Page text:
New York Library Association. - The eBulletin

Advocacy Made the Difference:

How the Friends of the Irondequoit Public Library Helped Secure a New Library

by Lisa C. Wemett, Past President of the Friends of Libraries Section (FLS)
and Diane Stark, Board of Directors, Friends of the Irondequoit Public Library

The Friends of the Irondequoit Public Library hosted the Friends Council of the Monroe County Library System last November to showcase their brand new library.  Friends President Terri Dalton, Board member Diane Stark, and Library Board President Stephanie Squicciarini shared the steps that brought the new 40,000 square-foot facility to fruition.

The new two-story building opened in September 2015 and has been embraced by the community.  Previously, the Town of Irondequoit, an eastern suburb of Rochester, had two library branches, both more than 50 years old.  The aging spaces were woefully inadequate to meet the 21st century needs of nearly 52,000 residents.  It was a long road to the ribbon cutting, with years of discussions with community groups, public forums, legal challenges, and two votes before residents overwhelmingly approved a bond for not more than $13 million.  (The cost of the entire project has not yet been finalized since some of the expenses will be offset by donations to the library’s Foundation and by the sale of one of the former branches.)

Through it all, the Friends of the Irondequoit Public Library were strong advocates, standing by the side of the library’s Board of Trustees.  The new library came about in no small measure due to the efforts of the Friends of the Library.  Here are Diane’s remarks telling the group’s story.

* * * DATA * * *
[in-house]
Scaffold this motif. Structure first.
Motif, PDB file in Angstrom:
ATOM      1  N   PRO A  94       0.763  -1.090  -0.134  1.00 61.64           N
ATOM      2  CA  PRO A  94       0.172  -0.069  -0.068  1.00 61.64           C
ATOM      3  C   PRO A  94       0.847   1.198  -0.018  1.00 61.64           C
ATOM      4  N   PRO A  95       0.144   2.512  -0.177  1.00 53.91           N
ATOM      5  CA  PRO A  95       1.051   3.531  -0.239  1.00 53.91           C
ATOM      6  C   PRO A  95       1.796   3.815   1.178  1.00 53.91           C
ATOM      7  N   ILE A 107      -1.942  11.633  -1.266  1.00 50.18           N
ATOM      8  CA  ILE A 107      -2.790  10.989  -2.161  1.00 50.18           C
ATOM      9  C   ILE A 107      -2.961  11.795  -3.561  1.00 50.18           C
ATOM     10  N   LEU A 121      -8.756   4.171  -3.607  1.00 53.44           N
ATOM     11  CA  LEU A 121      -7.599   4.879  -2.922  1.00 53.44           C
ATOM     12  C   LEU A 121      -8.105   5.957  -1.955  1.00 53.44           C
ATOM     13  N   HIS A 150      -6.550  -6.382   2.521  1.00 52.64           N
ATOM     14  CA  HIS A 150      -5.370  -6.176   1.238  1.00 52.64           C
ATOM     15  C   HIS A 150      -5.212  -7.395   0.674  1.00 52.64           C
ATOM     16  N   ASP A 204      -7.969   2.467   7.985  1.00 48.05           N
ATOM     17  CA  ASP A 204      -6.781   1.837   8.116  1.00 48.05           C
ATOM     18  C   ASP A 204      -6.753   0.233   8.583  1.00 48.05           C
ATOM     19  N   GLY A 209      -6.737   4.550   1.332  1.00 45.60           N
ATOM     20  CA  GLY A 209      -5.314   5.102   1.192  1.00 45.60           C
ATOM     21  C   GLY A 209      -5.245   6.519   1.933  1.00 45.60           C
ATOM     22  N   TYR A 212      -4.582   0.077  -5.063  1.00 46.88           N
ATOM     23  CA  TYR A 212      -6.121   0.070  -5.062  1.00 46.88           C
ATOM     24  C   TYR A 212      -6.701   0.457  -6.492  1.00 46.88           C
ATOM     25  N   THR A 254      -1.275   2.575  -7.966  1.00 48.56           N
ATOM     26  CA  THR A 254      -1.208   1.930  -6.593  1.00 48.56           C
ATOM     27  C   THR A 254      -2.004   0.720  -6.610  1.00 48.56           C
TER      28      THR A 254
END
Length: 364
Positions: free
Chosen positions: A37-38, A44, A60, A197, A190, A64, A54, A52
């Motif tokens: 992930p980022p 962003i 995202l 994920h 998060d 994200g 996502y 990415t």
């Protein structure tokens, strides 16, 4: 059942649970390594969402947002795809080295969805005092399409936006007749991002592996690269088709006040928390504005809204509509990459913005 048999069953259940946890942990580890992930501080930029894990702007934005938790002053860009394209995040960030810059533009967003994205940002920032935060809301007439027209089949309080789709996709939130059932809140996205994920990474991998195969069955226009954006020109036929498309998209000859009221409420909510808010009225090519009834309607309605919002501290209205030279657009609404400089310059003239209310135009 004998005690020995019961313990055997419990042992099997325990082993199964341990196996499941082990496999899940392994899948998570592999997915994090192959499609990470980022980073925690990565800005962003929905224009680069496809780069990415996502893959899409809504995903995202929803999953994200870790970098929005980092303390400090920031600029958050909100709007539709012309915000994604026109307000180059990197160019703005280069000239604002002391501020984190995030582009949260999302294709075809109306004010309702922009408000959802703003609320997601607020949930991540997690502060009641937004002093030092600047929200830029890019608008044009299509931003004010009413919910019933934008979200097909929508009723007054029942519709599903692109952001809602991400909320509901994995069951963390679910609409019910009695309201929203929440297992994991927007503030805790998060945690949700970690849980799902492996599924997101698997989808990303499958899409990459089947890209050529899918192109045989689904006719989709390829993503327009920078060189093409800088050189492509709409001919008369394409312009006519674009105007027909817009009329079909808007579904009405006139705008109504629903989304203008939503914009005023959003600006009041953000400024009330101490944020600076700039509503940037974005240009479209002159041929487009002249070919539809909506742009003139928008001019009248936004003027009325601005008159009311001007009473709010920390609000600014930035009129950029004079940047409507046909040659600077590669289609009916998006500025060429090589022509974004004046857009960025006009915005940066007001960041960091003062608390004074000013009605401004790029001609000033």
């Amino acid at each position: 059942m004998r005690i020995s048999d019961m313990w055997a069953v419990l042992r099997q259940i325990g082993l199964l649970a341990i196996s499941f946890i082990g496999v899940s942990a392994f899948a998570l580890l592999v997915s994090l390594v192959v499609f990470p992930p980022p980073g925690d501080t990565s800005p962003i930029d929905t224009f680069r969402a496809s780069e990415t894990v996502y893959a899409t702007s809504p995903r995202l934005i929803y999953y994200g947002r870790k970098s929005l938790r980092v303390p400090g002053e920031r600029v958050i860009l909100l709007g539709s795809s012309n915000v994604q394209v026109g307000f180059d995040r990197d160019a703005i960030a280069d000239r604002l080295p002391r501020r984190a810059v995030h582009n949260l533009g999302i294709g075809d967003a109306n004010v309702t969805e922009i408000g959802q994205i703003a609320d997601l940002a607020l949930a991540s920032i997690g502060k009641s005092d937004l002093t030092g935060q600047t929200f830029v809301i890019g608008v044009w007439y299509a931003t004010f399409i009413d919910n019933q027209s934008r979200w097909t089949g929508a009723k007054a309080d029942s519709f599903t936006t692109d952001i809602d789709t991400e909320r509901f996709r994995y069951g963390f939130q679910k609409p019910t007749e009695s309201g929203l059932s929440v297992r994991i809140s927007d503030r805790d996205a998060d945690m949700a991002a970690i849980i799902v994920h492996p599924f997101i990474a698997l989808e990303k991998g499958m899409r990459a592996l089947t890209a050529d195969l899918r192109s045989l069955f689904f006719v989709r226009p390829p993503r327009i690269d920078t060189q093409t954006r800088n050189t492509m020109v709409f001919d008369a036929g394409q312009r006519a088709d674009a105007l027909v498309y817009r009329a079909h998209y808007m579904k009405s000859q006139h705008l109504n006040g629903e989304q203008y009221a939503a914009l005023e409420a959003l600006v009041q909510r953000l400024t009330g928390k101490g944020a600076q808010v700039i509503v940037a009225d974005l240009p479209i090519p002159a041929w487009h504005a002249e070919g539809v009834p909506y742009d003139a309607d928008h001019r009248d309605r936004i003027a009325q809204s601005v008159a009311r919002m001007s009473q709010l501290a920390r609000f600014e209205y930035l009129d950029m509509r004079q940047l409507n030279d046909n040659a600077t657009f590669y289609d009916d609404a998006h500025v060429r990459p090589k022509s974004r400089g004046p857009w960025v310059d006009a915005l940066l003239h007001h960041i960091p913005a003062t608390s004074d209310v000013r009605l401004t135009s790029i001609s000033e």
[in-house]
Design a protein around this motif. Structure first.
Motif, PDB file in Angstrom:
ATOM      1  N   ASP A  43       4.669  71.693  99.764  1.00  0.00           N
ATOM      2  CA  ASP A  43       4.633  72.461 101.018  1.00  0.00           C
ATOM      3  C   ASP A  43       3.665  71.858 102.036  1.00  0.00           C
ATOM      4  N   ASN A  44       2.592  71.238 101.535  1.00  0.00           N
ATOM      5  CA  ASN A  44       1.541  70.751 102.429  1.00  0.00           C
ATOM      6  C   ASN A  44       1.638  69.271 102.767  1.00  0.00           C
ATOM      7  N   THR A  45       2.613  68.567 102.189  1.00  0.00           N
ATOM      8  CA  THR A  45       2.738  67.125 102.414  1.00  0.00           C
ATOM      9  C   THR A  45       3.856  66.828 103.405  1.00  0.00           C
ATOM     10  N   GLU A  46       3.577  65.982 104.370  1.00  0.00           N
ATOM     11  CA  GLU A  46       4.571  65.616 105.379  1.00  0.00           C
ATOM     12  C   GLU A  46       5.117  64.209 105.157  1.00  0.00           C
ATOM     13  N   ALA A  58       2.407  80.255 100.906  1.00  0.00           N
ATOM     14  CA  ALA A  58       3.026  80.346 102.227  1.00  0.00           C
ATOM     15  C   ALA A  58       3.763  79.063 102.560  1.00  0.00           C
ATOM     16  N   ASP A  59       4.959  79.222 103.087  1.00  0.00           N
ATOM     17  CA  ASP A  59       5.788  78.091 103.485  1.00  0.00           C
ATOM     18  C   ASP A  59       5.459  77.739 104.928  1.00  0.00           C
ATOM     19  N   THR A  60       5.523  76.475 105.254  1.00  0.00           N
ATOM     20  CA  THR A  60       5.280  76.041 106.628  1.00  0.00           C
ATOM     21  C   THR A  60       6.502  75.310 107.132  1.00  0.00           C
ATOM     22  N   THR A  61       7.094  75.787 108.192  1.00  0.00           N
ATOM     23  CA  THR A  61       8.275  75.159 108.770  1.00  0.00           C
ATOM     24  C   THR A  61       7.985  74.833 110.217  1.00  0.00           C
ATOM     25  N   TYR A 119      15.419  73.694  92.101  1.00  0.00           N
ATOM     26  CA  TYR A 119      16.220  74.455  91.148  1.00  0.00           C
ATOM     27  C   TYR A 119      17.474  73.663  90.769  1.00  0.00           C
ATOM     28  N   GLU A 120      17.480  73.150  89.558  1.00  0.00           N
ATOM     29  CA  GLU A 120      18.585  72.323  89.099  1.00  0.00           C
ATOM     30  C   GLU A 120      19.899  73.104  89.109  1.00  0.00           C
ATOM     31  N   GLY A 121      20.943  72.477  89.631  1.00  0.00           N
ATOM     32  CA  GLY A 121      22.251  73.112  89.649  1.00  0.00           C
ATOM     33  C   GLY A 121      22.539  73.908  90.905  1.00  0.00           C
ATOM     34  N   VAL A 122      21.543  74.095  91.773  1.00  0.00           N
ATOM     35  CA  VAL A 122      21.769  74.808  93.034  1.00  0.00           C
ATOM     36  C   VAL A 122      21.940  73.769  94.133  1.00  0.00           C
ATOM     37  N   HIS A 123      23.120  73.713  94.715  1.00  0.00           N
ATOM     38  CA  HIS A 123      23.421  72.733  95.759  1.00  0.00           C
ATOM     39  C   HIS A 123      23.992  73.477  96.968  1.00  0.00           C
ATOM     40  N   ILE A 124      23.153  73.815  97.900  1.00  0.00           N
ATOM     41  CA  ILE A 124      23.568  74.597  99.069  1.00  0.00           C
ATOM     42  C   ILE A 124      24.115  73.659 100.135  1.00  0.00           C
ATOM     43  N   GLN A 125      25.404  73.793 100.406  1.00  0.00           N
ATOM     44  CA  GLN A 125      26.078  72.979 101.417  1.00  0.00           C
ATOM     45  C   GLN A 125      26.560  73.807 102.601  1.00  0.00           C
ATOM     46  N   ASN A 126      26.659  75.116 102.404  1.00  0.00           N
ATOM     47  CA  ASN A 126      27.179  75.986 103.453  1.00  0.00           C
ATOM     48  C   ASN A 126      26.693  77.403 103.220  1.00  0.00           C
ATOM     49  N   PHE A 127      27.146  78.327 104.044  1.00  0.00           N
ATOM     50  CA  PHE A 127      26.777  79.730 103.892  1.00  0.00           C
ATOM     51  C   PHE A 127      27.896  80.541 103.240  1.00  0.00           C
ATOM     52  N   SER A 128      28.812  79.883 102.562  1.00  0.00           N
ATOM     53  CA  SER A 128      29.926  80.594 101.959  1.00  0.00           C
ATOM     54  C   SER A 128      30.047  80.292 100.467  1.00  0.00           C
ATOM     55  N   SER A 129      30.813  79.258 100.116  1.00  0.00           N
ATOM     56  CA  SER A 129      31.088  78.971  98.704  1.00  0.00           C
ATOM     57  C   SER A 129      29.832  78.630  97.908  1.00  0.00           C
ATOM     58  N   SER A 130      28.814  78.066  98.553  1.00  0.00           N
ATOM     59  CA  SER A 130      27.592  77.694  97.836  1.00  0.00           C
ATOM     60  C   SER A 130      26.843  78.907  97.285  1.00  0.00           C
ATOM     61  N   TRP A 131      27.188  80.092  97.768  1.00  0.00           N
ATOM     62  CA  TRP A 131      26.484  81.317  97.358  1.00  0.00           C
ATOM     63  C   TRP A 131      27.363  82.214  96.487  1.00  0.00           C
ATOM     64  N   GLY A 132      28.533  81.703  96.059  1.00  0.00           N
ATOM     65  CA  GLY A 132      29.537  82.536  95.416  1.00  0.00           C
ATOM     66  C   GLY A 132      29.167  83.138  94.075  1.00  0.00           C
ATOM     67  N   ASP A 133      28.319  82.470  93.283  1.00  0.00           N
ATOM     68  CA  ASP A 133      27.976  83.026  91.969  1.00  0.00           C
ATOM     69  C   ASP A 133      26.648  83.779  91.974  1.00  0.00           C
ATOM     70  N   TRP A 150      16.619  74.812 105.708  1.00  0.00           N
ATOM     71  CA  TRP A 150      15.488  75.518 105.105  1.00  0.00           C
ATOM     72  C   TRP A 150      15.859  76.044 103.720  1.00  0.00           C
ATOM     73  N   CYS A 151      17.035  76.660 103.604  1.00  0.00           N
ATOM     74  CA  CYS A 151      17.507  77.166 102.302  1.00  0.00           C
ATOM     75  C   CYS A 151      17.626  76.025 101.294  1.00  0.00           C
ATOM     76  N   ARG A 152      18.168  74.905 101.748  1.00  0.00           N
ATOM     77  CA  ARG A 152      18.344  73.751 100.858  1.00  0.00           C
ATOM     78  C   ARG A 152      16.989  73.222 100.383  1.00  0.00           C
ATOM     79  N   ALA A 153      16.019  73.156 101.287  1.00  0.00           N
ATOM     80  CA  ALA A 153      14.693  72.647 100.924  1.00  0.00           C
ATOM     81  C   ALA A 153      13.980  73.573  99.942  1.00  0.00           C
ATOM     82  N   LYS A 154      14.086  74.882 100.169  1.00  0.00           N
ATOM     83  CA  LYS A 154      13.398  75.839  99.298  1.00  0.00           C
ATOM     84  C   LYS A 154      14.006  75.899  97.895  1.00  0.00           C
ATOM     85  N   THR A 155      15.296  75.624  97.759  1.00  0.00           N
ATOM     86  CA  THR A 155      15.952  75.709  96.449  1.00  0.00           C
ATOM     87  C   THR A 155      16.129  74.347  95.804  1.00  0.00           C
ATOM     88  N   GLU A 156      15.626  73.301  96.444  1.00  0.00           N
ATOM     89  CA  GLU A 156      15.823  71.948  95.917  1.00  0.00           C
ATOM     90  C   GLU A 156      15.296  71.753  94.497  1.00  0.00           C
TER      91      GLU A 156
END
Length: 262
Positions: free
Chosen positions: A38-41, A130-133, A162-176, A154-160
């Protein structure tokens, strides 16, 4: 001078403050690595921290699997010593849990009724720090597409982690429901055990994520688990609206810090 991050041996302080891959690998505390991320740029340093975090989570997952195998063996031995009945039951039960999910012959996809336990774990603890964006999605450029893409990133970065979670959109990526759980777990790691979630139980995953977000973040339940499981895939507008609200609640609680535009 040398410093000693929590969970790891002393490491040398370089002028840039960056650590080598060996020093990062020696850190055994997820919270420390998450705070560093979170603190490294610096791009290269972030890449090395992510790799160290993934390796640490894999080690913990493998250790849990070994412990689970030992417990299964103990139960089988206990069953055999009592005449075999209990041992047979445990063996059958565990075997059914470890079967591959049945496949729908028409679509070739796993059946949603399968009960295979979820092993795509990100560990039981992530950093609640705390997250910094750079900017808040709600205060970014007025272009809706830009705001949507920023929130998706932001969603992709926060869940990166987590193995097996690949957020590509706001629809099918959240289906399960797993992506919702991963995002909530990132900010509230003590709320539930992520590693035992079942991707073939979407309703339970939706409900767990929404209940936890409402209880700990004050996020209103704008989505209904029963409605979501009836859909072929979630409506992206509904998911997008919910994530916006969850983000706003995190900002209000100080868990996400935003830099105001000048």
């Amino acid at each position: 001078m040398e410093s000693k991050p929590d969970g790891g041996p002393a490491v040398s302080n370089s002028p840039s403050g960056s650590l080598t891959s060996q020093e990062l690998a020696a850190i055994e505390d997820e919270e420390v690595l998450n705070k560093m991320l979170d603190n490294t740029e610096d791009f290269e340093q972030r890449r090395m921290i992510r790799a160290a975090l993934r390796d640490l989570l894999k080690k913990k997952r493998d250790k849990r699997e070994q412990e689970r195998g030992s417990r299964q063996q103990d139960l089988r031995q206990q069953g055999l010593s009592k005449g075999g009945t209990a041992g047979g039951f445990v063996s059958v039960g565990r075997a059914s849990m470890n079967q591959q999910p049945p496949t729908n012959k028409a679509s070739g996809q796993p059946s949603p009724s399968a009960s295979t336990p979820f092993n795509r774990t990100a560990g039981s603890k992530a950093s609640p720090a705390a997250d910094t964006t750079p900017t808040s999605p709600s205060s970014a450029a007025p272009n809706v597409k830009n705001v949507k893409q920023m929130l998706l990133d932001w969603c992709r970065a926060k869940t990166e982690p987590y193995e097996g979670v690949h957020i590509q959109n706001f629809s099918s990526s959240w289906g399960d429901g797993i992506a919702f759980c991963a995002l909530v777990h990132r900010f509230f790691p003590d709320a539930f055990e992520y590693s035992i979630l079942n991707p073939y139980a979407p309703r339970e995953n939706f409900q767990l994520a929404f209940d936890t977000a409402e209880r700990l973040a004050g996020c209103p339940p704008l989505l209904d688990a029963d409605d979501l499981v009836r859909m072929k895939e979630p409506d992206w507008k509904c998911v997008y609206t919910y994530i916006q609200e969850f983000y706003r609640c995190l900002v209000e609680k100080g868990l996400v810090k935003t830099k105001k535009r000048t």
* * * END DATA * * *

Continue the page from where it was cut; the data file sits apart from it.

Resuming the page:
The Friends were asked by the library’s Board of Trustees to assist at six informational meetings that were scheduled to inform Irondequoit residents of the process taking place to build a new library in town.  The meetings were at different times of the day so that people who worked a later shift could attend a morning meeting or people who worked what we might call “normal hours” could attend an evening meeting.

The first meeting took place at Bishop Kearney High School and subsequent meetings were held in the Broderick Room at Irondequoit’s Town Hall.   At these sessions, the Friends were asked to distribute packets of information to audience members that gave a lot of facts about why a new facility was needed.  New information was added as the meetings progressed over several months.

All the way through, each resident who attended a community meeting was given a pencil and a sheet of paper on which to write a question.  Instead of having meetings where people just raised their hands to ask questions, it was decided to use this method so that more questions were able to be answered in the allotted time of the meeting.

Members of the Friends Board handed out informational packets, question sheets, and pencils.  Other volunteers recorded e-mail addresses of residents or directed people into the meetings.  Once the sessions began, Friends collected the question sheets, bringing them to a moderator who read each question aloud for the library trustees to answer.